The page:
One of our initial writing projects in this unit were I Am From poems. These poems represent students’ preliminary foray into personal writing and poetry. They looked at several model I Am From poems (including one I wrote) to gain inspiration and to become acquainted with this structure. I Am From poems encourage students to explore their childhood memories and formative experiences. My students found the format accessible and also flexible enough to allow for their creativity to shine. Prior to writing these poems, students wrote about and discussed how place affects identity. We all wrote about the places we come from and how people and culture are interwoven with the idea of place. Students all read their poems out-loud to the class. Many students wrote about very personal issues and were proud to share their work with their peers.
Ivalease’s poem: I was impressed with the honest in Ivalease’s writing. Her poem is one simple, yet profound statement after another. She was able to use some ideas from this poem in one of her final memoirs, which I was happy about. I also really appreciated the way she ends her poem. She reveals so much desperation and negativity throughout the poem, which makes her final line all the more powerful.
Peggy’s poem: Peggy’s writing shows great attention to detail. She worked hard to make her poem very specific. She also has an awareness of building a connection with the reader. This relationship builds up to the final line when she tells us that she hopes we never have to see the things she had to.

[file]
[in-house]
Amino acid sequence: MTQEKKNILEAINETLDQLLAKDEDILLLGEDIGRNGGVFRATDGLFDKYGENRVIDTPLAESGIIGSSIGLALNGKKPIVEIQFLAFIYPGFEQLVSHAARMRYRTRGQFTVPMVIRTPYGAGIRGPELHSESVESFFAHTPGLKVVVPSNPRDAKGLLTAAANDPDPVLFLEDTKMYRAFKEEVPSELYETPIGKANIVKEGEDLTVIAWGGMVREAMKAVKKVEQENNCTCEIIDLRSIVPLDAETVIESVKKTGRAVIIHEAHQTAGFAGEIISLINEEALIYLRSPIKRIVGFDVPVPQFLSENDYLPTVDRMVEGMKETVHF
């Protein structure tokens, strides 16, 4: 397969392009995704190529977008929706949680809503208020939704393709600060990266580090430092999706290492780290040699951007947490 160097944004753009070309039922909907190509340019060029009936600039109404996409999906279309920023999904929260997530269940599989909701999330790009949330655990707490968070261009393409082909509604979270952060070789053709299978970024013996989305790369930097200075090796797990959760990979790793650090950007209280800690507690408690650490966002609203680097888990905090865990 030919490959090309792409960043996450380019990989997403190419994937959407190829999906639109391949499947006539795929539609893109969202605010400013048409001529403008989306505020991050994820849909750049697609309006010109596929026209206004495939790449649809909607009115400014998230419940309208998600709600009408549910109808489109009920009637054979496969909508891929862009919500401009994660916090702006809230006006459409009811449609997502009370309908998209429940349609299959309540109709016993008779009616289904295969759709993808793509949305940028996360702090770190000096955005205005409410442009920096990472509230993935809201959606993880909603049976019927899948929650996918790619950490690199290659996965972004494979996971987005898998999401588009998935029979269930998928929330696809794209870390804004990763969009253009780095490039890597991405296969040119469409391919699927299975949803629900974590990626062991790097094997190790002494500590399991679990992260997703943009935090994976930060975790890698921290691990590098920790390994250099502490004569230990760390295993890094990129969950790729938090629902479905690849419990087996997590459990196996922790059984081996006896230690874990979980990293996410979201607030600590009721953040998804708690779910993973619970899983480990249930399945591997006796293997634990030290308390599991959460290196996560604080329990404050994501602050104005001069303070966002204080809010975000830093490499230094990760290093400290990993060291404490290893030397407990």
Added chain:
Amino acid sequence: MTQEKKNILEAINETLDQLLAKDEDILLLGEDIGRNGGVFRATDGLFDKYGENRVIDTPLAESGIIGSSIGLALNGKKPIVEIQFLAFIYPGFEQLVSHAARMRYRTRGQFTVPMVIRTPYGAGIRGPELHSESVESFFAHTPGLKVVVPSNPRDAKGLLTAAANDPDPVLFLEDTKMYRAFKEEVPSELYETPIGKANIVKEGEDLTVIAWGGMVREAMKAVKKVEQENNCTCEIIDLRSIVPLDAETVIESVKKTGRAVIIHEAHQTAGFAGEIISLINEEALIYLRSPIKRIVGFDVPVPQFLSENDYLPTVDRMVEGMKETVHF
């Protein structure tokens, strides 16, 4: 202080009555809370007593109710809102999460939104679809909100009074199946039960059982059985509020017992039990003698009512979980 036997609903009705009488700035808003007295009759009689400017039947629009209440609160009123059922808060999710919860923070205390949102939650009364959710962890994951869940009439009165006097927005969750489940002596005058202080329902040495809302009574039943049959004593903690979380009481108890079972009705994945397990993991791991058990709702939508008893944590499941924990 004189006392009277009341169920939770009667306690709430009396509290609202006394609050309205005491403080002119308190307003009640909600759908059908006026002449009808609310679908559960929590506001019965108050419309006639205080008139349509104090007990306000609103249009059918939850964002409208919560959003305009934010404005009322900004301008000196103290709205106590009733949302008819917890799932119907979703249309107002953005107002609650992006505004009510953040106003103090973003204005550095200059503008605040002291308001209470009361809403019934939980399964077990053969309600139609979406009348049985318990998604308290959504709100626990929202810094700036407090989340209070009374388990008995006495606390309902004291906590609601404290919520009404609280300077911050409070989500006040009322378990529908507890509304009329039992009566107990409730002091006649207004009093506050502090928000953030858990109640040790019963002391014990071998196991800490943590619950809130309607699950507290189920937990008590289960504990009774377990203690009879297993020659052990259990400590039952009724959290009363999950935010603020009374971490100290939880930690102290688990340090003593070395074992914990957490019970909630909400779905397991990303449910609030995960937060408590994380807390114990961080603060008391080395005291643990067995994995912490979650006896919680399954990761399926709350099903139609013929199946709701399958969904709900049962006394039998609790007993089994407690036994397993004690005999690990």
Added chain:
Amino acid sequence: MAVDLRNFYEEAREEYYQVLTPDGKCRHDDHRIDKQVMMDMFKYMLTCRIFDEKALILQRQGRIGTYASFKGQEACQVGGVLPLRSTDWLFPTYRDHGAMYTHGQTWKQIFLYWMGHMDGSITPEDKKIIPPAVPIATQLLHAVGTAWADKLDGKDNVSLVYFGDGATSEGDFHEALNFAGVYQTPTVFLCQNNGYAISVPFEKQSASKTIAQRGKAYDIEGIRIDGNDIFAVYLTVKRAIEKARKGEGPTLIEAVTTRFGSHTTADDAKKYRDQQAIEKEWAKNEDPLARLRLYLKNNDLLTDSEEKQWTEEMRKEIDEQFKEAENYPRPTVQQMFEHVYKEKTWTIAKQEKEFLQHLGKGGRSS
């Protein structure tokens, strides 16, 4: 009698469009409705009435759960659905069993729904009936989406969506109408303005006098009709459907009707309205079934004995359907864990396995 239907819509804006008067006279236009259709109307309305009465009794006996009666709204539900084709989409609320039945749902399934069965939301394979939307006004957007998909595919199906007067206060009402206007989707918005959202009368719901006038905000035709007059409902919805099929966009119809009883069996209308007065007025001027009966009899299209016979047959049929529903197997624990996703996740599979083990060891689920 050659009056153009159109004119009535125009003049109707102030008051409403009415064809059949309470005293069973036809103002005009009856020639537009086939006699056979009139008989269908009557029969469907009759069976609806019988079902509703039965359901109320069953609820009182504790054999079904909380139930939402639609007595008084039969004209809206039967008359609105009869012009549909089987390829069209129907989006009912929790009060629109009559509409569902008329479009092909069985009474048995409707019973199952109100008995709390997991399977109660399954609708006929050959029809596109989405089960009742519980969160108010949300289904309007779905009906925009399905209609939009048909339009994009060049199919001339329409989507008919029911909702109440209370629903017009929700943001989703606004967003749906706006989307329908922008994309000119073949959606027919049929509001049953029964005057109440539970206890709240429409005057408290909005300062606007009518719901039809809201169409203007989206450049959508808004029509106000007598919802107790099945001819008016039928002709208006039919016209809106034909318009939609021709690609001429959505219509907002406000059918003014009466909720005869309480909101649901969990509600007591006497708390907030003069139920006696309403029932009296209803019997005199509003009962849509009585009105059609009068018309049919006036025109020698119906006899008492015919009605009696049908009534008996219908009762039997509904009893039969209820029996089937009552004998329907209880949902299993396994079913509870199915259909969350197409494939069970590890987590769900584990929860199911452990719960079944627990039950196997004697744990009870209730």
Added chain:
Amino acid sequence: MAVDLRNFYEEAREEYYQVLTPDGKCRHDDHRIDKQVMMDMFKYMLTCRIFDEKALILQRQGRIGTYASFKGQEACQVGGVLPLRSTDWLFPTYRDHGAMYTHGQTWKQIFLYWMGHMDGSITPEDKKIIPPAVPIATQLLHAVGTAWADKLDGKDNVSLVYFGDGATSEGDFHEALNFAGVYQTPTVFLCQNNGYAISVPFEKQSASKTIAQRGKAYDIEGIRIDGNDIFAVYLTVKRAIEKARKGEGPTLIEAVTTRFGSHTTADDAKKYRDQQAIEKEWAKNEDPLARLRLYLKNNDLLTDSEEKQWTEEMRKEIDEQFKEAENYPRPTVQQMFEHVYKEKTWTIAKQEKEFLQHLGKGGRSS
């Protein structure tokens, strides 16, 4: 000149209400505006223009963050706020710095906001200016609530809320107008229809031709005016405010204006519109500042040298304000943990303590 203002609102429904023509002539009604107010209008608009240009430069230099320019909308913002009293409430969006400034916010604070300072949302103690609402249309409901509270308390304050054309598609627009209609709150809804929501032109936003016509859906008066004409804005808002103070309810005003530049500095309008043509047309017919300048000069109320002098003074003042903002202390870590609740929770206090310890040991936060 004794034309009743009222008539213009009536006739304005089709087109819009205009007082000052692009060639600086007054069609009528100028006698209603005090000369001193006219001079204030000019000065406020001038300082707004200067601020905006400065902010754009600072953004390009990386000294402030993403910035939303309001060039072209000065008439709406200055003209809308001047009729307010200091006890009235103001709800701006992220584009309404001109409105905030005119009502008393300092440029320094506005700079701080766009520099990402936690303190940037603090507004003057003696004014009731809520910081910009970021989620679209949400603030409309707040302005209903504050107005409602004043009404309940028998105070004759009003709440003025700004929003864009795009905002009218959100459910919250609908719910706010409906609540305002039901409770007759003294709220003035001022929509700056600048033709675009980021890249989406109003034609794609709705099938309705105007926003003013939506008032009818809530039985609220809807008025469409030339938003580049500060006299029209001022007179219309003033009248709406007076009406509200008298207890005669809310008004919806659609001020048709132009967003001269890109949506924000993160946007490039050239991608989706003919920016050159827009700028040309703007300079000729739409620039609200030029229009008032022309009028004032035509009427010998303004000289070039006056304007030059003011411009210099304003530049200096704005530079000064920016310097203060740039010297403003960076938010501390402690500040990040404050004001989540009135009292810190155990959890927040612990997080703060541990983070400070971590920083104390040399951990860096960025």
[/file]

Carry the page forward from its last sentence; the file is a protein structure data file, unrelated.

Honors Gallery Walk 1
This video shows students engaging in their first every “gallery walk.” After students shared their I Am From poems with the class, they were given the opportunity to reflect more deeply on each other’s work. The I Am From poems are displayed on the desks with three index cards for students to make comments on. I was impressed with students’ focus during this activity and the genuine interest and admiration they expressed for each other’s personal writing.
Students made the following comments on each other’s I Am From poems during a gallery walk. Overall I was pleased with the positivity and openness of students’ comments for each other. However, in general, the comments are not as specific as they could be. After this gallery walk I learned to model commenting for students. Later I emphasized writing about specific lines and phrases in addition to commenting on the poem in a more general way.
I made the following comments on students’ first drafts of their memoirs. Most of these comments are made in reference to specific questions students asked me. They are individualized based on students’ writing skills and ELL level. I believe that honest, specific, and consistent feedback is one of the best tools teachers can use to help students improve their writing.
Below are excerpts from a Writing Workshop packet. Students participated in this workshop while in the midst of writing their first memoir. The packet is structured around questions that students frequently asked about how they could improve their writing. Their questions are written in bold. I give some initial examples from my writing and professional authors, but most of the excerpts in this packet come from my students.
Students also wrote 6-word memoirs.
At the end of our memoir unit students participated in another gallery walk, this time viewing their peers’ memoirs. I pushed students this time to make more specific comments on each other’s work. Many students appreciated Peggy’s humorous memoir written with a strong sense of voice.
This is the first draft of Bernabe’s memoir. At the top of his first page he lists a couple ways he wants to improve his writing. I respond directly to those in my comments to him.
Bernabe makes good use of my comments in his final draft. His transition from first to final drafts shows dedication to a deep and meaningful revision process.